You can't fault Valeant Pharmaceuticals ($VRX) CEO J. Michael Pearson for thinking small. In an analyst call, Pearson not only predicted that 2013 revenue would hit up to $4.8 billion, up from an expected $3.4 billion to $3.6 billion in 2012; he also said Valeant could top $10 billion in annual sales. It could even hit $20 billion.
"We do have the aspiration, at Valeant, to grow into a major pharmaceutical company," he said on the call (as quoted by Reuters).
Knowing Valeant, that growth will include plenty of acquisitions. Since its reverse merger with Biovail in 2010, the Canadian drugmaker has snapped up one pharma company after another, building its stable of products--and extending its geographic reach--in such specialties as dermatology, ophthalmology and CNS meds.
Most recently, Valeant wrapped up its $2.6 billion buyout of Medicis, the Arizona-based maker of skin remedies and aesthetic treatments. It's a deal that's emblematic of Pearson's strategy: A specialty player with significant operational overlap. Immediately upon the closing, Valeant started carrying out Pearson's plan to cut $225 million in costs, with more than 300 layoffs in redundant departments.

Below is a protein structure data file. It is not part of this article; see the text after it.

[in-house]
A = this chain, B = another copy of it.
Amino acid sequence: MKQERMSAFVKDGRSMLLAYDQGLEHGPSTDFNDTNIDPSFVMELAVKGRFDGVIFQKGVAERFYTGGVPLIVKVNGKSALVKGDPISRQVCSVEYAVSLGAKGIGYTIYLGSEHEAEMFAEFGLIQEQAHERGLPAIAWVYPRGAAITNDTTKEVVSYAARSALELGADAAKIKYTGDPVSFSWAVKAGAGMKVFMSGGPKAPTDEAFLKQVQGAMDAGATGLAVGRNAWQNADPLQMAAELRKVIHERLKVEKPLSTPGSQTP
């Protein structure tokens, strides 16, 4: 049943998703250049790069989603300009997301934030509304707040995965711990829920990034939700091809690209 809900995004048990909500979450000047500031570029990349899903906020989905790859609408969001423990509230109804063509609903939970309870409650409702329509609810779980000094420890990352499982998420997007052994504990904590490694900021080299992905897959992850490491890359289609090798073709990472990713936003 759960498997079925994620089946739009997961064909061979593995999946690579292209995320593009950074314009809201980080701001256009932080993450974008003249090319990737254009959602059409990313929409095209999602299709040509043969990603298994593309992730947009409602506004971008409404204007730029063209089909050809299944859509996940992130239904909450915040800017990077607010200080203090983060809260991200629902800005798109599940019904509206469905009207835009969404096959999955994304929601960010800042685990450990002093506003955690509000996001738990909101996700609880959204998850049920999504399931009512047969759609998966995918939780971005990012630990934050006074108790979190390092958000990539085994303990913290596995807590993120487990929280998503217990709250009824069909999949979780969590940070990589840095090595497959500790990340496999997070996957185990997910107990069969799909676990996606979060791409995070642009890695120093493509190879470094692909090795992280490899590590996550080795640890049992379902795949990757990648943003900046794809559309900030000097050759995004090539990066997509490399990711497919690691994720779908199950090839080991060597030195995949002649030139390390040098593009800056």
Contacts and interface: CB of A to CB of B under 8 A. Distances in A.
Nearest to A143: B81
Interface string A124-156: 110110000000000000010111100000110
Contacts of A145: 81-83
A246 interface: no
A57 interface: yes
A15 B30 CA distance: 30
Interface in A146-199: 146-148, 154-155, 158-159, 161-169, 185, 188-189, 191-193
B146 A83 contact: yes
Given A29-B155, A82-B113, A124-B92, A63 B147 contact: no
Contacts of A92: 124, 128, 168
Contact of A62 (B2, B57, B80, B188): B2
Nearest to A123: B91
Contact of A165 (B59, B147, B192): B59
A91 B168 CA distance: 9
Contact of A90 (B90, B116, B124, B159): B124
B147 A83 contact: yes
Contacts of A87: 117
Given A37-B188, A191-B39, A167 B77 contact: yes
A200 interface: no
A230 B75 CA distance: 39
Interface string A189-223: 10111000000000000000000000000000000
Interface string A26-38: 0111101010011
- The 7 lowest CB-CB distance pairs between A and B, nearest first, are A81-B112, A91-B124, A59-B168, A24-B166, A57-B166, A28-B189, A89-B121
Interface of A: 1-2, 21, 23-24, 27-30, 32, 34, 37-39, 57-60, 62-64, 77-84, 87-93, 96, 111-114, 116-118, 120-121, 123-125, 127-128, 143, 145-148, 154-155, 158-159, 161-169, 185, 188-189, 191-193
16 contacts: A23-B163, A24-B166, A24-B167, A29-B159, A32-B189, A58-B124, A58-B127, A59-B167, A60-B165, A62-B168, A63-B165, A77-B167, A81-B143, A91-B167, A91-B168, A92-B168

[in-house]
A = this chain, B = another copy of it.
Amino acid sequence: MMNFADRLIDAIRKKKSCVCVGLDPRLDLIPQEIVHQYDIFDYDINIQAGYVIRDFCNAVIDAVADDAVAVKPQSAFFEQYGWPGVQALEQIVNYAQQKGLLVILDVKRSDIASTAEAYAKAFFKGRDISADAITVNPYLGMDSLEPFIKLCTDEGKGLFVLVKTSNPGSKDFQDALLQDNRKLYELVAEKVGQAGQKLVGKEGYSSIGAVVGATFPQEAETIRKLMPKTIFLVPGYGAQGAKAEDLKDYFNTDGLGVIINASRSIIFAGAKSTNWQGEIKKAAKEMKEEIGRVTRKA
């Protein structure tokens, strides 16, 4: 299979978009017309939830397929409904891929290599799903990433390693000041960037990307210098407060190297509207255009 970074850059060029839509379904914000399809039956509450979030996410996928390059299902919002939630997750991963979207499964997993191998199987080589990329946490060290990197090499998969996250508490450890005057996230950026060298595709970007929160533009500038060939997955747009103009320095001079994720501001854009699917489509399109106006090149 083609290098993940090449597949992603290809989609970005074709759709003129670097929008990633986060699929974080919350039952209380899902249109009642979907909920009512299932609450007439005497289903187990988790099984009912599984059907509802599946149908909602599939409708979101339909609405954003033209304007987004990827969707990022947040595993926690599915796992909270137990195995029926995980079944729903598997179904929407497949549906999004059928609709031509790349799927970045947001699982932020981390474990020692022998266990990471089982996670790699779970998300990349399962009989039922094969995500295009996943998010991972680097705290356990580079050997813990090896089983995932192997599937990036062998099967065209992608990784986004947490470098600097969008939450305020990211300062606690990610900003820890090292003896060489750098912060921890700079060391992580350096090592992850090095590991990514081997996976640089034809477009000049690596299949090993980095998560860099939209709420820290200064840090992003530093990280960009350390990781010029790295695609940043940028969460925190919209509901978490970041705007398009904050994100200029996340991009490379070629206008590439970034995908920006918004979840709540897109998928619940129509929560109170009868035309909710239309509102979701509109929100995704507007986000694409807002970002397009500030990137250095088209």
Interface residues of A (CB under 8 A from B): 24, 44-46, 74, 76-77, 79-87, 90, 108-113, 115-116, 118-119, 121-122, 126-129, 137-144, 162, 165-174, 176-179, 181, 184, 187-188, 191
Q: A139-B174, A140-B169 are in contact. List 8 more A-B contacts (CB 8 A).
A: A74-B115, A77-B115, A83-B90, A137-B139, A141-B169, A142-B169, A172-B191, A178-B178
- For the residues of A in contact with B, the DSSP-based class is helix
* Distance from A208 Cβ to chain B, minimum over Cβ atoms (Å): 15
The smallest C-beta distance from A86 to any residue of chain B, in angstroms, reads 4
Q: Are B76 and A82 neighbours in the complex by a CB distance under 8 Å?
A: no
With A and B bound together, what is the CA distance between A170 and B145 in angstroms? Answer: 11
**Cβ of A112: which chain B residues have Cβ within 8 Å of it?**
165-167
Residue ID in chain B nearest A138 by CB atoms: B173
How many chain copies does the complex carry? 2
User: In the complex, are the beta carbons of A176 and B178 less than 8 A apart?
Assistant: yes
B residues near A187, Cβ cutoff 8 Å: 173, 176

In fact, at the beginning of 2012, Pearson set out a goal of paring $200 million in costs as it absorbed the companies it had bought over the previous 12 months--on top of $320 million saved during 2011.
Pearson's appetite for deals and his stomach for cost-cutting has endeared him to Canadian analysts, one of which hiked its price target to $74 from $70, partly because of expectations that Valeant will beat its 2013 forecast. Pearson is pretty popular with Valeant's board, too; Canada.com reports that his 2012 compensation package--$36 million, according to the Canadian Centre for Policy Alternatives, with few details on its figures--makes him the second-highest-paid CEO in Canada.